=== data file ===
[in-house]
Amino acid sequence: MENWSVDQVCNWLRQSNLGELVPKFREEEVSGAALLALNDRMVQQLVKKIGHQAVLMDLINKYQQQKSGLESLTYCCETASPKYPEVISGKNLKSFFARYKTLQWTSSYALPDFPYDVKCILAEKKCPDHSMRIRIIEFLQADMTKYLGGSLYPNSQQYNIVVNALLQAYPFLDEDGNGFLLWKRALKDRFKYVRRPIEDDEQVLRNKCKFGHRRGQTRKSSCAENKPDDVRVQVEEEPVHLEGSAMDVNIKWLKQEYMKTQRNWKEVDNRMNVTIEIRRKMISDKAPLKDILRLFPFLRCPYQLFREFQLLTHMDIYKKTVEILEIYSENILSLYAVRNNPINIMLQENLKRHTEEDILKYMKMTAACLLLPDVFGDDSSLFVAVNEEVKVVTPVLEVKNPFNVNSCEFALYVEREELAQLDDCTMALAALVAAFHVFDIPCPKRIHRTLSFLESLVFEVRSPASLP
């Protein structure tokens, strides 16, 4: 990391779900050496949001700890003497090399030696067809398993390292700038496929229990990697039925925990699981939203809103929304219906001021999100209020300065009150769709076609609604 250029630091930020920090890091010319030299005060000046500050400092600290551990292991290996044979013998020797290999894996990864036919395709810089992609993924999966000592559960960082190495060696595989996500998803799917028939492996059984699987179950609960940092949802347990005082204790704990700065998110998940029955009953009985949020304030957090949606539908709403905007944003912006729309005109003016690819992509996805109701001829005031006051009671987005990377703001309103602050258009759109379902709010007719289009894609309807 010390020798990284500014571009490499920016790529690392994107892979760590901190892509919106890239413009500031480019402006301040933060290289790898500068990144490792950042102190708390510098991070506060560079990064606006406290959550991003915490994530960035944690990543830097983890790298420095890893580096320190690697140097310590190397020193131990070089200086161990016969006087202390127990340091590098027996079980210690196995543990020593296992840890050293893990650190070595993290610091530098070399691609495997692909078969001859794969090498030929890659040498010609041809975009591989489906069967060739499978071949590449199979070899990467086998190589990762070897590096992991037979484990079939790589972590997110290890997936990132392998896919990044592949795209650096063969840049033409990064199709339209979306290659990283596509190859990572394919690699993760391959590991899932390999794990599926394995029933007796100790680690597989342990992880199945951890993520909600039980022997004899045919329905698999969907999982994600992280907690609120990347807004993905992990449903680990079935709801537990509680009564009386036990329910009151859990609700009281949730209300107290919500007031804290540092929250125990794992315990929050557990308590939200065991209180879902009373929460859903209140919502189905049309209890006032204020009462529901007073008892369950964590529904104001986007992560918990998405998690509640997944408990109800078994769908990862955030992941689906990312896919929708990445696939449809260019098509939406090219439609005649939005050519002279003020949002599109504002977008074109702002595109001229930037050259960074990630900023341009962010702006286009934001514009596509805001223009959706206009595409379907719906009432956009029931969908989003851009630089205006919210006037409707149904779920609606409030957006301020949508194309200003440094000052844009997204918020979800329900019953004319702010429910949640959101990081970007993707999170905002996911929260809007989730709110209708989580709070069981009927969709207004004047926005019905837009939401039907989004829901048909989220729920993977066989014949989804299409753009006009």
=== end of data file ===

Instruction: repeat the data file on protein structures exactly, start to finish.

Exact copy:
[in-house]
Amino acid sequence: MENWSVDQVCNWLRQSNLGELVPKFREEEVSGAALLALNDRMVQQLVKKIGHQAVLMDLINKYQQQKSGLESLTYCCETASPKYPEVISGKNLKSFFARYKTLQWTSSYALPDFPYDVKCILAEKKCPDHSMRIRIIEFLQADMTKYLGGSLYPNSQQYNIVVNALLQAYPFLDEDGNGFLLWKRALKDRFKYVRRPIEDDEQVLRNKCKFGHRRGQTRKSSCAENKPDDVRVQVEEEPVHLEGSAMDVNIKWLKQEYMKTQRNWKEVDNRMNVTIEIRRKMISDKAPLKDILRLFPFLRCPYQLFREFQLLTHMDIYKKTVEILEIYSENILSLYAVRNNPINIMLQENLKRHTEEDILKYMKMTAACLLLPDVFGDDSSLFVAVNEEVKVVTPVLEVKNPFNVNSCEFALYVEREELAQLDDCTMALAALVAAFHVFDIPCPKRIHRTLSFLESLVFEVRSPASLP
């Protein structure tokens, strides 16, 4: 990391779900050496949001700890003497090399030696067809398993390292700038496929229990990697039925925990699981939203809103929304219906001021999100209020300065009150769709076609609604 250029630091930020920090890091010319030299005060000046500050400092600290551990292991290996044979013998020797290999894996990864036919395709810089992609993924999966000592559960960082190495060696595989996500998803799917028939492996059984699987179950609960940092949802347990005082204790704990700065998110998940029955009953009985949020304030957090949606539908709403905007944003912006729309005109003016690819992509996805109701001829005031006051009671987005990377703001309103602050258009759109379902709010007719289009894609309807 010390020798990284500014571009490499920016790529690392994107892979760590901190892509919106890239413009500031480019402006301040933060290289790898500068990144490792950042102190708390510098991070506060560079990064606006406290959550991003915490994530960035944690990543830097983890790298420095890893580096320190690697140097310590190397020193131990070089200086161990016969006087202390127990340091590098027996079980210690196995543990020593296992840890050293893990650190070595993290610091530098070399691609495997692909078969001859794969090498030929890659040498010609041809975009591989489906069967060739499978071949590449199979070899990467086998190589990762070897590096992991037979484990079939790589972590997110290890997936990132392998896919990044592949795209650096063969840049033409990064199709339209979306290659990283596509190859990572394919690699993760391959590991899932390999794990599926394995029933007796100790680690597989342990992880199945951890993520909600039980022997004899045919329905698999969907999982994600992280907690609120990347807004993905992990449903680990079935709801537990509680009564009386036990329910009151859990609700009281949730209300107290919500007031804290540092929250125990794992315990929050557990308590939200065991209180879902009373929460859903209140919502189905049309209890006032204020009462529901007073008892369950964590529904104001986007992560918990998405998690509640997944408990109800078994769908990862955030992941689906990312896919929708990445696939449809260019098509939406090219439609005649939005050519002279003020949002599109504002977008074109702002595109001229930037050259960074990630900023341009962010702006286009934001514009596509805001223009959706206009595409379907719906009432956009029931969908989003851009630089205006919210006037409707149904779920609606409030957006301020949508194309200003440094000052844009997204918020979800329900019953004319702010429910949640959101990081970007993707999170905002996911929260809007989730709110209708989580709070069981009927969709207004004047926005019905837009939401039907989004829901048909989220729920993977066989014949989804299409753009006009």